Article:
REWIND (2016)

Disc 1: In The Summertime/Lady Rose/You Don’t Have To Be In The Army To Fight In The War/Hello Nadine/Somebody Stole My Wife (new version)/Alright Alright Alright/Wild Love/Sugar Mama/All That a Woman Should Be/Snakebite/Mighty Man/Heavy Foot Stomp/Motor Bikin’/Going Up The River/Open Up/Baby Jump/Good Times On Your Mind

Disc 2: It Don’t Matter/Touch The Sky/You’ll Be Sorry/Rhythm Is a Healer/I’ll Be a Hippy ’til I Die/I Only Had a Dollar/One More Night Without You/The Old Apple Tree/Going Down To Mexico/Hidden Track
Rewind slleve.

The Mungo Jerry album, Rewind was released, by Hypertension-Music , as part of a double album package, featuring a ‘Best Of’ on Disc 1, including a new version of Somebody Stole My Wife, and a brand new set of recordings by Ray and his band – Toby Hounsham (keyboards), Jon Playle (bass) and Bob White (drums). Amazon declared that it would be available on the 3rd of June, with a UK release on the 10th.

From Hypertension’s Press Release.

2016 the new release REWIND – a double CD which reflects an overview of Mungo Jerry’s total work on the first CD and a complete new view on the second CD.

The first compilation CD would not be complete without hits like In The Summertime, Lady Rose or Hello Nadine but it also contains some tracks which will be a surprise for many people – a rocky, bluesy Mungo Jerry with Snakebite or Motor Bikin’.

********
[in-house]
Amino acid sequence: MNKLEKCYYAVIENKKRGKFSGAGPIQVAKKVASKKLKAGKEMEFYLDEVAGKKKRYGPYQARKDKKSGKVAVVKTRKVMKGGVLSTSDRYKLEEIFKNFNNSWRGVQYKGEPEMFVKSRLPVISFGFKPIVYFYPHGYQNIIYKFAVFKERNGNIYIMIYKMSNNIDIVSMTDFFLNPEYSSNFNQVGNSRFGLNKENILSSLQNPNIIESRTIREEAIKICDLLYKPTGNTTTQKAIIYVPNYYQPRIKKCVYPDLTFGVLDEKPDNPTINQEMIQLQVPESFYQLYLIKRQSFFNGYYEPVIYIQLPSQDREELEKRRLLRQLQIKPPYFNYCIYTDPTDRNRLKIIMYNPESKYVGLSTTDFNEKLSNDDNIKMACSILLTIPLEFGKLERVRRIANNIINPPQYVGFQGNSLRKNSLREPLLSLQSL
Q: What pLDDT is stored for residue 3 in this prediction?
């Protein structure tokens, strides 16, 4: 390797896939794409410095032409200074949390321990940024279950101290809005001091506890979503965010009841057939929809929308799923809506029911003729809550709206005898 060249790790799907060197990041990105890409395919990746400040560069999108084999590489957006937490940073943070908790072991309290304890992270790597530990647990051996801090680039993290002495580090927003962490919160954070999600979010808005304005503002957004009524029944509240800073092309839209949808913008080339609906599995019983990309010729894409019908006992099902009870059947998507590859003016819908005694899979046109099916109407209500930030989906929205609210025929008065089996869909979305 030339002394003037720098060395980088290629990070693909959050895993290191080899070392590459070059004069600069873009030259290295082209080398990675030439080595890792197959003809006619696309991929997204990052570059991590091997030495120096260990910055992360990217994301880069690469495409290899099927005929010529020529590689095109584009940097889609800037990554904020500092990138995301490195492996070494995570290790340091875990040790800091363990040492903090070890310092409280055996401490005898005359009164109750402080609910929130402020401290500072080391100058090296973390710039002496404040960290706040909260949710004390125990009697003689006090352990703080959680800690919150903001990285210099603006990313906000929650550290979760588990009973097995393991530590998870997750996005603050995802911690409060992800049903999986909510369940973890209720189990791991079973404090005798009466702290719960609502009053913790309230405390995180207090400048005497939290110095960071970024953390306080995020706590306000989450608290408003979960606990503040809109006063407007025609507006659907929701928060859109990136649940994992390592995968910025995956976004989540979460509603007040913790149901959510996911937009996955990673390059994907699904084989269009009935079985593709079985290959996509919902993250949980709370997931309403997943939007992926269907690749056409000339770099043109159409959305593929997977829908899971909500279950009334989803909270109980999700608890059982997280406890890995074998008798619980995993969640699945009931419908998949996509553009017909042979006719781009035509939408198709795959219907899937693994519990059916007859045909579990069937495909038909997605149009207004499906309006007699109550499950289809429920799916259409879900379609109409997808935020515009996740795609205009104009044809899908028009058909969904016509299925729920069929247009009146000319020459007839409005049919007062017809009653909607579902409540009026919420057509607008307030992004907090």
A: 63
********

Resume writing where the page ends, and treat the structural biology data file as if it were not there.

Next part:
The second CD of ‘Rewind’ reflects the variety of Mungo Jerry’s music, opening with a lazy rock tune It Don’t Matter, and continuing with a classic blues track One More Night Without You and finishing with a waltz-like song The Old Apple Tree – all combined in the second disc of Rewind.

Rewind is a timeless album that shows Mungo Jerry as a songwriter, blues lover and also reflects a music and lifestyle that is and was important for more than just one generation of music lovers – the 70’s Hippie Culture”.


Mungo Jerry 2016.
Photo courtesy of Ray Dorset.

“I wrote most of the songs contained in the new recordings on this album while reminiscing on the preceding years prior to me recording the first Mungo Jerry album and doing the first gig under the Mungo Jerry name.

“This took place on the 23rd May, 1970 at the now legendary Hollywood Music Festival, me and the band performed there again on the following day and on both occasions we took the audience and the music press by complete surprise by going down an absolute storm with both, (In The Summertime, was first released on May 22nd, and was the first maxi-single in the world).

“I was also inspired by the experience that I gained on my travels and the people that I met for about three years after this.